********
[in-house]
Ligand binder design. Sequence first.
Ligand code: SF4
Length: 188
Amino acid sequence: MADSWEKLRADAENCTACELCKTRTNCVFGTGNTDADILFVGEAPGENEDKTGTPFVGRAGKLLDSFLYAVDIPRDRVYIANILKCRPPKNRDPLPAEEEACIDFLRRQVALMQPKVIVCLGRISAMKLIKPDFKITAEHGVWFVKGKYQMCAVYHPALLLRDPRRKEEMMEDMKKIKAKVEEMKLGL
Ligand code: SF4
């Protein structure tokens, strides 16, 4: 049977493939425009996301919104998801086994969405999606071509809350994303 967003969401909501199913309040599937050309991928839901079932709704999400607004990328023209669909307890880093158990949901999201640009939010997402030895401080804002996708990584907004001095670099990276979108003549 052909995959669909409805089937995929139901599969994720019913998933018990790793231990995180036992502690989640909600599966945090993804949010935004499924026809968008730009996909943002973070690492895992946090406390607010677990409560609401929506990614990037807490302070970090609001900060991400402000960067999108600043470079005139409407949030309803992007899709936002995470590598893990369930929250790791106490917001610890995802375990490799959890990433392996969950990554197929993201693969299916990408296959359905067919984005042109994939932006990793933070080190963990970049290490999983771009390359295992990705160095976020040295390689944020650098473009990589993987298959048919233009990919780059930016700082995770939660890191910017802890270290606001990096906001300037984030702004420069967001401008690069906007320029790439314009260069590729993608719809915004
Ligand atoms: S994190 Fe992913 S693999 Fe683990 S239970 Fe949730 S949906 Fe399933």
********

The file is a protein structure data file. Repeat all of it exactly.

[in-house]
Ligand binder design. Sequence first.
Ligand code: SF4
Length: 188
Amino acid sequence: MADSWEKLRADAENCTACELCKTRTNCVFGTGNTDADILFVGEAPGENEDKTGTPFVGRAGKLLDSFLYAVDIPRDRVYIANILKCRPPKNRDPLPAEEEACIDFLRRQVALMQPKVIVCLGRISAMKLIKPDFKITAEHGVWFVKGKYQMCAVYHPALLLRDPRRKEEMMEDMKKIKAKVEEMKLGL
Ligand code: SF4
């Protein structure tokens, strides 16, 4: 049977493939425009996301919104998801086994969405999606071509809350994303 967003969401909501199913309040599937050309991928839901079932709704999400607004990328023209669909307890880093158990949901999201640009939010997402030895401080804002996708990584907004001095670099990276979108003549 052909995959669909409805089937995929139901599969994720019913998933018990790793231990995180036992502690989640909600599966945090993804949010935004499924026809968008730009996909943002973070690492895992946090406390607010677990409560609401929506990614990037807490302070970090609001900060991400402000960067999108600043470079005139409407949030309803992007899709936002995470590598893990369930929250790791106490917001610890995802375990490799959890990433392996969950990554197929993201693969299916990408296959359905067919984005042109994939932006990793933070080190963990970049290490999983771009390359295992990705160095976020040295390689944020650098473009990589993987298959048919233009990919780059930016700082995770939660890191910017802890270290606001990096906001300037984030702004420069967001401008690069906007320029790439314009260069590729993608719809915004
Ligand atoms: S994190 Fe992913 S693999 Fe683990 S239970 Fe949730 S949906 Fe399933």